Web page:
SAN FRANCISCO — The phone calls began late Friday among Uber’s new chief executive, Dara Khosrowshahi, and the ride-hailing company’s executives, as well as board members and a raft of lawyers. They were facing an emergency.

The problem was that Travis Kalanick, Uber’s former chief executive and a board member, had appointed two new directors — Ursula Burns, the former chief executive of Xerox, and John Thain, the former chief of Merrill Lynch — to the privately held company without informing them. The moves, which pushed the nine-member board to 11 people, gave Mr. Kalanick new potential allies on major decisions at Uber.

Mr. Kalanick’s actions were “disappointing,” Mr. Khosrowshahi wrote on Friday in a letter to employees that was obtained by The New York Times. “Anyone would tell you that this is highly unusual.”

The trigger for Mr. Kalanick’s move — one made possible by a board vote last year giving him control of three seats — was a proposal that Mr. Khosrowshahi and the investment bank Goldman Sachs, an Uber shareholder, brought to the board on Thursday. The proposal, which is set to be discussed by directors on Tuesday, includes measures that would shift the power on Uber’s board by reducing Mr. Kalanick’s voting clout, expanding Mr. Khosrowshahi’s powers and imposing a 2019 deadline on the company to go public, according to three people with knowledge of the proposal who asked to remain anonymous because they were not authorized to speak publicly. Parts of the proposal were also read to The Times.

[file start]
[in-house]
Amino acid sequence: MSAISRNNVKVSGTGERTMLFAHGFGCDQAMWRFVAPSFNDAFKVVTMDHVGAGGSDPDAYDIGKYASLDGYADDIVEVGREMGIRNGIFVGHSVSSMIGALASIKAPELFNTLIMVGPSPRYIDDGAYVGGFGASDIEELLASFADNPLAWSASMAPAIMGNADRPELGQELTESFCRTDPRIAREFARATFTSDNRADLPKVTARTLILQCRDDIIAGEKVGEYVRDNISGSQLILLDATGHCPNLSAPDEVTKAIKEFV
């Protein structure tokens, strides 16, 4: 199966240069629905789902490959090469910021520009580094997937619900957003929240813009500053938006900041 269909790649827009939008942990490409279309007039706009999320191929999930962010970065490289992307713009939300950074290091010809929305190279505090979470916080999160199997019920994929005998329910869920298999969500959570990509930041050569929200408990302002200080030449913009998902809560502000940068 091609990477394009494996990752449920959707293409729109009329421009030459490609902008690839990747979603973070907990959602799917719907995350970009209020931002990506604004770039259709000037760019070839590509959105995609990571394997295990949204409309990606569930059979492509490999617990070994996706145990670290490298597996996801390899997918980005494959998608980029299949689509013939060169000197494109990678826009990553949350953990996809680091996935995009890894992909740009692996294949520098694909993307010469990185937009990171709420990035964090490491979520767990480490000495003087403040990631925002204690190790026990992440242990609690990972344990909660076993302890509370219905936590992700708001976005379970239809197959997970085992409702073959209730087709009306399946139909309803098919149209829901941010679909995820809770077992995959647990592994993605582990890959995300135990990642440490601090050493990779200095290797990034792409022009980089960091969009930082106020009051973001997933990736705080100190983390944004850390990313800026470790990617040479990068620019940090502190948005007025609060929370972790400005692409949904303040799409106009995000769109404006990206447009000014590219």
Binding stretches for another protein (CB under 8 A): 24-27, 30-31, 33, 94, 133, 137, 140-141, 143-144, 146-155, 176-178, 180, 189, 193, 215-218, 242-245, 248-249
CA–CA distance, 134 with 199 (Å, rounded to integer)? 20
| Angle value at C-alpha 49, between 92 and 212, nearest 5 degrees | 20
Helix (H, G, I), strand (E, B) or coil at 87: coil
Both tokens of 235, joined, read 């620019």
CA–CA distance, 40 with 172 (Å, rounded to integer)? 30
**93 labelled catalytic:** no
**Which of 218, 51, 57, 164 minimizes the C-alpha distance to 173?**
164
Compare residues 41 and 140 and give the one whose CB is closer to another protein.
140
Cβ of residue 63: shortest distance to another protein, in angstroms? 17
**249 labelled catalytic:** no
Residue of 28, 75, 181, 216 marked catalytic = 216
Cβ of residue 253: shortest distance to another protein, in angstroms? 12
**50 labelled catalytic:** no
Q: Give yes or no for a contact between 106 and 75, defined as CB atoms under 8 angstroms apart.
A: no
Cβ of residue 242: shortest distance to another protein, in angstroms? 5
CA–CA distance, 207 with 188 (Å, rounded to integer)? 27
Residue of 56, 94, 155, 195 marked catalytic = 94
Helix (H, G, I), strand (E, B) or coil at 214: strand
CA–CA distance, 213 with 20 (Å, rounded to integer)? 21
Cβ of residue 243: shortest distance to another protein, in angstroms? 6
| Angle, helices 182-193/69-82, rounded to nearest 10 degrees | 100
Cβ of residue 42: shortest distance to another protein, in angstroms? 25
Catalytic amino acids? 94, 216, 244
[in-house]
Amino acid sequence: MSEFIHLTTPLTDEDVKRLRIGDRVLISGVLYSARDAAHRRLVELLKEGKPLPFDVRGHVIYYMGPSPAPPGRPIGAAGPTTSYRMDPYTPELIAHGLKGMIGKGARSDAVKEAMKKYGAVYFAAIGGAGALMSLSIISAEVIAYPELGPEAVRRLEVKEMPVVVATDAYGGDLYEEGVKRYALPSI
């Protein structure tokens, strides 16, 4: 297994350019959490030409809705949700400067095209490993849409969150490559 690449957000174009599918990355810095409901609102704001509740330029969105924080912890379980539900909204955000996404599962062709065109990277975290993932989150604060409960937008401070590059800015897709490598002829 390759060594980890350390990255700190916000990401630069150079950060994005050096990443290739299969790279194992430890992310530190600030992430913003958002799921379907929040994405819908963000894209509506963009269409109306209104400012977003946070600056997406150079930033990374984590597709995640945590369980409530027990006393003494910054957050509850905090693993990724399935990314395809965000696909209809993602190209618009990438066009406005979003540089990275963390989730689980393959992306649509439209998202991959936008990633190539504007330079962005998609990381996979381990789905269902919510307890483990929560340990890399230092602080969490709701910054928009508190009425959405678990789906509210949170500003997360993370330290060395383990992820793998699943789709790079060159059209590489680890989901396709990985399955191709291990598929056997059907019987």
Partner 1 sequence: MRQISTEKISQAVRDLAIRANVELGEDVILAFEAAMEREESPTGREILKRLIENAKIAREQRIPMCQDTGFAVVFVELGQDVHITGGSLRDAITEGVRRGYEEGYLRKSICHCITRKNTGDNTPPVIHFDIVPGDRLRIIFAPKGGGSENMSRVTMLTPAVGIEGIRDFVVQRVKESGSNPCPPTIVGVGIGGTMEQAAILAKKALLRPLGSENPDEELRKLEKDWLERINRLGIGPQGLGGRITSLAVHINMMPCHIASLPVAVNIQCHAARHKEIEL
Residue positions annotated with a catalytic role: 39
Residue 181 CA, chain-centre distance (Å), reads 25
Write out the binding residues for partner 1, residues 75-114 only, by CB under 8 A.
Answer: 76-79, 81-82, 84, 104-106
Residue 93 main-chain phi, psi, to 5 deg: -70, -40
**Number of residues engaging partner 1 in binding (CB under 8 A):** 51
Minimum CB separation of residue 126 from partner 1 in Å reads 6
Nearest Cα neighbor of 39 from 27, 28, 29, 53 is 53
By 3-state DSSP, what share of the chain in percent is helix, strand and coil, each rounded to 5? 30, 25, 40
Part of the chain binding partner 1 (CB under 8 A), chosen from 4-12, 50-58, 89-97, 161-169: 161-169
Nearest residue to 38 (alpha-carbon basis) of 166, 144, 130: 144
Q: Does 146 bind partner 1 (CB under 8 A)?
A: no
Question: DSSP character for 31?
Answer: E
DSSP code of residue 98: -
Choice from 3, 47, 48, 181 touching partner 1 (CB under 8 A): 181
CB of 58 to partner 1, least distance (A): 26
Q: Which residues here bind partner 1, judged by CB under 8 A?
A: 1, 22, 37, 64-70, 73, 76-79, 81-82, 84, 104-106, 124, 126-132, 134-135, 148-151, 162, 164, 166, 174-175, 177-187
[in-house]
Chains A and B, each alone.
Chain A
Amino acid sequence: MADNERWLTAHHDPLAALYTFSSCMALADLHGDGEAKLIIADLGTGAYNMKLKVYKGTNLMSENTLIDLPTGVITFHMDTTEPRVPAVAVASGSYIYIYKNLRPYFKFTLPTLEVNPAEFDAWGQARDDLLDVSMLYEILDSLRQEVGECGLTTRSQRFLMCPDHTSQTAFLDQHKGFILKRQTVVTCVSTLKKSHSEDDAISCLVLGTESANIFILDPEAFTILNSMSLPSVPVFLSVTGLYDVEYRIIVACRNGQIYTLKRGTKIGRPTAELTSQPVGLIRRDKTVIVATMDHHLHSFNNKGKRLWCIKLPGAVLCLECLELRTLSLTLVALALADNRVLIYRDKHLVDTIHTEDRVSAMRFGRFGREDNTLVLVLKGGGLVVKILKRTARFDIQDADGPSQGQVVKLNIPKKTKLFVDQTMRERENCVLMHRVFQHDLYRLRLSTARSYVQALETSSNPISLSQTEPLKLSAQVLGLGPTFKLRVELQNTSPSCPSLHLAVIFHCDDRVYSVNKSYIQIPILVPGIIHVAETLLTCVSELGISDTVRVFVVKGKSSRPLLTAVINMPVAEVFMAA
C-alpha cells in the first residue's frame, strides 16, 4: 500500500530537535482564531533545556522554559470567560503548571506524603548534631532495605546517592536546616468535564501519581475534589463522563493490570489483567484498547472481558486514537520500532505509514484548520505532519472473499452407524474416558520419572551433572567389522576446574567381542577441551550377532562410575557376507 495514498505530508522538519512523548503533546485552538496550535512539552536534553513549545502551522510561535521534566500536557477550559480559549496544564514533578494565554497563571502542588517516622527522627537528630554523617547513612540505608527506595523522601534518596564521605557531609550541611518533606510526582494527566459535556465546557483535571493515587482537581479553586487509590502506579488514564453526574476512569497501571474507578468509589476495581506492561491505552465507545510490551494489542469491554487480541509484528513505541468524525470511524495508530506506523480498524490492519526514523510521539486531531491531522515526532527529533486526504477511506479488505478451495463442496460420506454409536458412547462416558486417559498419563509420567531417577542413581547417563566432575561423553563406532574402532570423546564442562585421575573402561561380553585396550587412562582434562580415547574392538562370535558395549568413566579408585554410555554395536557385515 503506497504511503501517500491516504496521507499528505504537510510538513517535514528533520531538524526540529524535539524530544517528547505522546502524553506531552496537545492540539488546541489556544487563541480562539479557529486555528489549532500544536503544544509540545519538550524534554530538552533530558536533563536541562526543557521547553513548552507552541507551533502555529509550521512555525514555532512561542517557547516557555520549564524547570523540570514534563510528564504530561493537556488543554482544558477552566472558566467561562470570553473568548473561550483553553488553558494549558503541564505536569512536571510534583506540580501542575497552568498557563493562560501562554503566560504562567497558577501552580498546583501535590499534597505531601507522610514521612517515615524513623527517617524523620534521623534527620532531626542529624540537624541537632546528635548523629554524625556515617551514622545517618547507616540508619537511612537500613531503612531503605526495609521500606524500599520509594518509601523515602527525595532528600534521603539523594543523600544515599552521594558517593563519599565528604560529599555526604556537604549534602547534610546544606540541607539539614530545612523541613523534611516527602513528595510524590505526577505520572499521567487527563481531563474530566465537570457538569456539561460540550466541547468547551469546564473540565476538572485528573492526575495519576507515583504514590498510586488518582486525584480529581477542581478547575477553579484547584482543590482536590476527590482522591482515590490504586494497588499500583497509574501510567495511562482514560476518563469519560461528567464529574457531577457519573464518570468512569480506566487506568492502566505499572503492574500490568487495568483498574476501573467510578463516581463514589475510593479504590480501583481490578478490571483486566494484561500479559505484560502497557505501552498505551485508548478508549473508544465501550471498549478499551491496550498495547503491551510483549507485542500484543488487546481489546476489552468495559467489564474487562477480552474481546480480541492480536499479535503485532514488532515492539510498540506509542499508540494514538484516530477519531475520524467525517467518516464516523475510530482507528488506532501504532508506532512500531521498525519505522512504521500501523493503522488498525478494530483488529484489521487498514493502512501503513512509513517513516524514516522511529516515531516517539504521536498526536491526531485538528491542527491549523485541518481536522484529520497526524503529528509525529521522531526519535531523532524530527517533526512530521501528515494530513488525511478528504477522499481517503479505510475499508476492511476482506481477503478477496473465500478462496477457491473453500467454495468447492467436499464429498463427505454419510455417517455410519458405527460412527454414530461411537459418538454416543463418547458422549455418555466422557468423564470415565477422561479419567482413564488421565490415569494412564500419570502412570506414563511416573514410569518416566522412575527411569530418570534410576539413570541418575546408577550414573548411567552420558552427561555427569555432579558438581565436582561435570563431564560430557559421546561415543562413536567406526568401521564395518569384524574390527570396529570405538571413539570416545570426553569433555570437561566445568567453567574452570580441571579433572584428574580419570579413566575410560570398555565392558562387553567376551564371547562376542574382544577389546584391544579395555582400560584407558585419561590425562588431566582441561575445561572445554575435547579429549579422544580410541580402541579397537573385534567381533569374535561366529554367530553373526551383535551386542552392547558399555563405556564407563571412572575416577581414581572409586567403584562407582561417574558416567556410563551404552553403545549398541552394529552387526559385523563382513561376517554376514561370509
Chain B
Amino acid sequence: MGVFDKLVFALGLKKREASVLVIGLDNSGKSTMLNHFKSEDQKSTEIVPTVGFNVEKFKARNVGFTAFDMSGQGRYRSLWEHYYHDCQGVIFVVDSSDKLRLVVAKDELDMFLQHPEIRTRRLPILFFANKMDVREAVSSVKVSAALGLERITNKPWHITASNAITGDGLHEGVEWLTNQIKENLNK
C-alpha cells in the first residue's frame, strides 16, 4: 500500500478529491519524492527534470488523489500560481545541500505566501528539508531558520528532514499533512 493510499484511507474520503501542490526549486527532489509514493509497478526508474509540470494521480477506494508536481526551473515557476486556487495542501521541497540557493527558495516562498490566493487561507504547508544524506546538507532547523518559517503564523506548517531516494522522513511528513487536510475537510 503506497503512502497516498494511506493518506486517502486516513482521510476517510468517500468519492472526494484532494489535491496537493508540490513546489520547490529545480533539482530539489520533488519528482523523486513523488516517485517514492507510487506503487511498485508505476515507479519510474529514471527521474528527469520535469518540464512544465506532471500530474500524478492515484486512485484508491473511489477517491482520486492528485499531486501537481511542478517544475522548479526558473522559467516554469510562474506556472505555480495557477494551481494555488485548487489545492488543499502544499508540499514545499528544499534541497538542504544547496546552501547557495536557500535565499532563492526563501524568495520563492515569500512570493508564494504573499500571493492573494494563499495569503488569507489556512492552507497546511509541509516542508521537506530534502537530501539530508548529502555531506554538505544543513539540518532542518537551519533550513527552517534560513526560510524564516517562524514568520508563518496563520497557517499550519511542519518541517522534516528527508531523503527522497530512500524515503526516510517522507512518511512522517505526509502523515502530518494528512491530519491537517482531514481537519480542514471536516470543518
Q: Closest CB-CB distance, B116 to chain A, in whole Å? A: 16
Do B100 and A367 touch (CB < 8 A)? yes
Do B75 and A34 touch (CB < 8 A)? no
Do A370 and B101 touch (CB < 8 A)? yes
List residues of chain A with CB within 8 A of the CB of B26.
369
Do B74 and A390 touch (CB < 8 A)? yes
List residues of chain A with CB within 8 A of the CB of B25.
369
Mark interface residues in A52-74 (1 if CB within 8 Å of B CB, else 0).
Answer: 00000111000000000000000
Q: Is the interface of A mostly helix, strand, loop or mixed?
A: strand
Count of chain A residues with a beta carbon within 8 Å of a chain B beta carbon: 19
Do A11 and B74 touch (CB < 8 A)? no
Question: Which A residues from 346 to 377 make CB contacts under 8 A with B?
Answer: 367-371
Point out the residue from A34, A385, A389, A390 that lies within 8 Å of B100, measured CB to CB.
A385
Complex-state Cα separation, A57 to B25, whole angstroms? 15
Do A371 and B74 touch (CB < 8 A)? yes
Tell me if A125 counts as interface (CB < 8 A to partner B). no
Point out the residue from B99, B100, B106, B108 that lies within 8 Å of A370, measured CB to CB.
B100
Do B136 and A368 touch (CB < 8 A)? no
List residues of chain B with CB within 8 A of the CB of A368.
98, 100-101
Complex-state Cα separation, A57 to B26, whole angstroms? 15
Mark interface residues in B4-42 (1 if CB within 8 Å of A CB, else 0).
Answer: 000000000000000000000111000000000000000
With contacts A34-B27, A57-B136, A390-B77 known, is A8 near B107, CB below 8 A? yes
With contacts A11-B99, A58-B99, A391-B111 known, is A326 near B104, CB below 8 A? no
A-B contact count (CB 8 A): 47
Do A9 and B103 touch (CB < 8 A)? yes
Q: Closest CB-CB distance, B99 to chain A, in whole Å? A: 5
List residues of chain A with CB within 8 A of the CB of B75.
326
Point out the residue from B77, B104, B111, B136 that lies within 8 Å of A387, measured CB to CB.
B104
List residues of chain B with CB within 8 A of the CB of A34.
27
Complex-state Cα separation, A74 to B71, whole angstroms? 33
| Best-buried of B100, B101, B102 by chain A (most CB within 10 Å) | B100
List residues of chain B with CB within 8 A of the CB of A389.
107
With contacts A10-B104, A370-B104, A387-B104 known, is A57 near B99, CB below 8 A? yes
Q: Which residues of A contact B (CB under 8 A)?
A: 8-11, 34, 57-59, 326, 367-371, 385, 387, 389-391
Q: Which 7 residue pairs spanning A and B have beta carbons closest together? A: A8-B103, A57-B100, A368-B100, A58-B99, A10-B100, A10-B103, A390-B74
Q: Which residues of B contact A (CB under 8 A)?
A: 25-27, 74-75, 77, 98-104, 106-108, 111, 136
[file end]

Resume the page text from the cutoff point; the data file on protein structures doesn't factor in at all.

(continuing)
The power shift proposed by Mr. Khosrowshahi and Goldman Sachs spurred Mr. Kalanick to act to reassert control, according to a statement Mr. Kalanick issued on Friday. That has now plunged Uber into another period of uncertainty and a corporate governance crisis, at a time when the company had been trying to move beyond its controversial past with a new chief executive on board.